ISSEI KATO / REUTERS/LANDOV
Liquefied natural gas (LNG) storage tanks and a membrane-type tanker are seen at Tokyo Electric Power Co.’s Futtsu Thermal Power Station in Futtsu, east of Tokyo February 20, 2013. Japan’s imports of LNG hit a monthly record of 8.23 million tonnes in January, on an increased need for fuel to generate electricity after the nuclear sector was hit by the Fukushima crisis.
The nation’s new energy secretary Ernest Moniz spoke at an energy conference Monday, where he told the audience that applications for new natural gas export facilities would be decided upon by the end of the year. Gas producers want to sell their fuel overseas where it fetches a higher price. But before it gets shipped abroad, it has to be converted to its liquid form known as LNG – or liquefied natural gas. Building those facilities is expensive. The closest proposed LNG export terminal to the Marcellus Shale deposit is in Cove Point, Maryland. That could cost more than $3 billion dollars to convert from its former role as a natural gas import terminal. But domestic manufacturers and those who say U.S. security depends on keeping the fossil fuel stateside are pushing back. Environmentalists worry that exports will stimulate more production in states like Pennsylvania, where activists have been pushing to implement a drilling moratorium. StateImpact spoke to the chief economist of the American Petroleum Institute, John Felmy, about the future uses of natural gas, and the export issues.
- Q: Phillips: John, one of the things that keeps popping up in the news is this issue of exporting natural gas, liquefied natural gas. What was the role and what is the role of Marcellus Shale production regarding the future of LNG Exports?
A: Felmy: Well, Marcellus Shale could play a tremendous opportunity in terms of exports, because it’s such a vast deposit. Developing it can of course be used to supply other states, as we are doing now. But there is likely to be so much of it, that exporting it at a very good price would help in terms of keeping production going.
Q: Phillips: Right now we have the price of natural gas at about $4 per million btu [British Thermal Units] here domestically. And what are we seeing oversees?
A: Felmy: Well in Europe, it’s about $12 per million BTU. But in Asia, it’s as much as $17 or $18 because of the challenges that Japan faces with the Fukushima plants.
Q: Phillips: And I know that the industry is getting a lot of push back from manufacturers who are concerned that if you start exporting natural gas the price for them is going to be too high. And what they have been saying the low price in natural gas has allowed them to come back to the US, and that they are seeing a manufacturing renaissance, because of natural gas prices being so low.
A: Felmy: I think there is enough to go around because all indications are, as the economists would say, is that the supply curve is really flat. In other words, when you have an increase in demand from exports you don’t kind of have a sharp increase in price. And if you look at the drilling data, you see that it tends to support that conclusion.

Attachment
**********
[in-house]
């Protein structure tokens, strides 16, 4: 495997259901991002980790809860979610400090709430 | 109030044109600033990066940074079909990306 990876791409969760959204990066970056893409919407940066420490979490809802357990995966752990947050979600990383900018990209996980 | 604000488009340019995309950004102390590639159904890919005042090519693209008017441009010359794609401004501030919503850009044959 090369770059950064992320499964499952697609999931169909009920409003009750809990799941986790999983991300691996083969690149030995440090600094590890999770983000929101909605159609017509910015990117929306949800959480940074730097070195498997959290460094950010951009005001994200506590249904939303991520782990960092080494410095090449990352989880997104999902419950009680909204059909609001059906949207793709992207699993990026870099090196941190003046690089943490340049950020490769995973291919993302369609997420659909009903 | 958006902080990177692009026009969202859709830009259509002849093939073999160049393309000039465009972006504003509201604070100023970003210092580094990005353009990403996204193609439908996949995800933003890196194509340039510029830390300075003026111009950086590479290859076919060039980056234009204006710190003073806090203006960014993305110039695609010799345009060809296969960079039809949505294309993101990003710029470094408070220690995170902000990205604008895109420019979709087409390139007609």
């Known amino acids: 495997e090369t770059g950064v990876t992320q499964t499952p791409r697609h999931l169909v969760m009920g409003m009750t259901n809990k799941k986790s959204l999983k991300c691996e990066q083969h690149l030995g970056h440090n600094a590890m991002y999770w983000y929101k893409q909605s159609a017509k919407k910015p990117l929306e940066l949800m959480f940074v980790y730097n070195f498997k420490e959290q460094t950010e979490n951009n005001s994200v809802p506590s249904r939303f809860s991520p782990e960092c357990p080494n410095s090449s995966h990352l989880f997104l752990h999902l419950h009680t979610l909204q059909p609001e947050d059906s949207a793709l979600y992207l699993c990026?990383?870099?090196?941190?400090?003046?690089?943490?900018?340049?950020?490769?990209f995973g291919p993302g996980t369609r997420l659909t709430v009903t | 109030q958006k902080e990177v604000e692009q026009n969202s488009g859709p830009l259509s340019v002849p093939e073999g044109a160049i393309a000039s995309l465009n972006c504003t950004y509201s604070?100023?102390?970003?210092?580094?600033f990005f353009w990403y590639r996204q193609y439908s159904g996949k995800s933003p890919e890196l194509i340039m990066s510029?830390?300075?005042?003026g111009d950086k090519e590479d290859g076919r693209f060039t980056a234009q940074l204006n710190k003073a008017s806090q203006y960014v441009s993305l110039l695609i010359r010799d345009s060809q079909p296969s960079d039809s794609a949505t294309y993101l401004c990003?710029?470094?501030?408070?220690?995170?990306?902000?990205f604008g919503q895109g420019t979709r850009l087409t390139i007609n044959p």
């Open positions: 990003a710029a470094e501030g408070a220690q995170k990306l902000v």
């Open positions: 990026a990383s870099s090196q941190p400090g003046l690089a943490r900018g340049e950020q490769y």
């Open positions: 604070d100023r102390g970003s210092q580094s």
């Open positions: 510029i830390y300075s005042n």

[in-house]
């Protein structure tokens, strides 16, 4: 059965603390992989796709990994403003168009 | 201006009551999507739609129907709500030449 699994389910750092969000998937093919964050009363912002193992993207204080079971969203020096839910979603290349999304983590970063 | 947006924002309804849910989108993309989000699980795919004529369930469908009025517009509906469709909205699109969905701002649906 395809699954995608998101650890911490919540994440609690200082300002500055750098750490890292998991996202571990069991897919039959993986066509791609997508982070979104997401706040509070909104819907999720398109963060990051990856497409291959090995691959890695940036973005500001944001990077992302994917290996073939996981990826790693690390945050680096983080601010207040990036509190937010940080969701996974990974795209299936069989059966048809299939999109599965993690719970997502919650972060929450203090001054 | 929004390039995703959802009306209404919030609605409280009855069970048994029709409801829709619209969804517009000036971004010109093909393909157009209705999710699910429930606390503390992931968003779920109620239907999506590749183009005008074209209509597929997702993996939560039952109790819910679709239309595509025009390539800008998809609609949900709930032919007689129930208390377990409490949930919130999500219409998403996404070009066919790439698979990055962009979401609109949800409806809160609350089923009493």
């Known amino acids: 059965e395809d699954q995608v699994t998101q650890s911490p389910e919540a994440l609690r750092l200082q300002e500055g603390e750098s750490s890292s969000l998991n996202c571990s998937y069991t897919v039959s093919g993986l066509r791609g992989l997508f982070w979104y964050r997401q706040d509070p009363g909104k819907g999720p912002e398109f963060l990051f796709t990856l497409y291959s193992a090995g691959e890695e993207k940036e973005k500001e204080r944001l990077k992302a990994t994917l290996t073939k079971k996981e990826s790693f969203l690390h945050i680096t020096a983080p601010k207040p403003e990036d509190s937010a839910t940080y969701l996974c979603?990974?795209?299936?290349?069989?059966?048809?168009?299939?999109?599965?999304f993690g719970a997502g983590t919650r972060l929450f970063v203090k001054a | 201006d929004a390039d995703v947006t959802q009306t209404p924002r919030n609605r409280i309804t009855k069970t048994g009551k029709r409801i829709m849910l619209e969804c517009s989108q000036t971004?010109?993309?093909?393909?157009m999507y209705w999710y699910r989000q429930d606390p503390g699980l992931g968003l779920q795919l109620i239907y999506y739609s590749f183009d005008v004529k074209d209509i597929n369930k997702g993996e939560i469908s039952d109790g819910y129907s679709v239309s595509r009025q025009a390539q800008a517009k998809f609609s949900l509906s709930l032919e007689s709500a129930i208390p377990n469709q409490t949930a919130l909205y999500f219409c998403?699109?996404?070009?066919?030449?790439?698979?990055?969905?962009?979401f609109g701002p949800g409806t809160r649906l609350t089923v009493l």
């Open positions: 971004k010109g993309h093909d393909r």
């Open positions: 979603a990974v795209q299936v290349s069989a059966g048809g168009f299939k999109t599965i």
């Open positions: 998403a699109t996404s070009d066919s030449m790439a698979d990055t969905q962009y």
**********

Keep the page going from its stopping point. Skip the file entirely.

Q: Phillips: And why is that?
A: Felmy: It is because it is a huge resource, and the industry has been so creative at improving technology, such that we have gotten so much more gas from areas that we’ve never dreamed of. Where ten years ago we were talking about building all these LNG import terminals, and you had all these terminals built and so that was the consensus and everyone from Alan Greenspan on down.
Q: Phillips: The price of natural gas has gone up and down and up and down. And when you think about how much it costs to build an export facility, The Dominion proposal at Cove Point, Maryland is about $3.4 billion dollars, how do you manage that risk? It seems like a pretty risky thing.
A: Felmy: Lets let the market work. Lets not have government intervention. It’s the investors who are going to be taking the risk and things could change, but right now the U.S. is so far ahead of other countries, even though many other countries have huge deposits of shale gas, that we are going to have that opportunity for quite a while.
And so, if you look at the major competition internationally, right now it’s Australia and their costs have increased significantly. And if you look at the deposits in other areas like China, Argentina, and Russia they are large, but because of issues of rule of law, and ownership of the resource, because in most countries except for the United States, the government owns that gas. Here in the US private individuals can [own that gas]. Such factors are reasons why we are ahead and why we are likely to stay ahead.
Q: Phillips: So talk to me about the end user here, how feasible is it that we are going to be seeing cars run on natural gas?
A: Felmy: Well, only 3% of natural gas supply is being used in cars right now. It’s primarily fleets, busses, things like that. So you can expand the car fleet with natural gas, but it is very expensive. So, it’s about $8,000 to convert car, at that level of expense the car will expire before you get your money back.
But for heavy duty trucks and fleets of cabs, that is a very viable option. We are also going to see a lot of growth in electric power generation. And because of emission restrictions we are already seeing a huge shift from coal to natural gas. We’re incidentally seeing a shift from nuclear to natural gas. For example, there’s a [nuclear] plant out in California, the San Onofre, they decided not to restart. Well, the only other alternative to supply that electricity is with natural gas.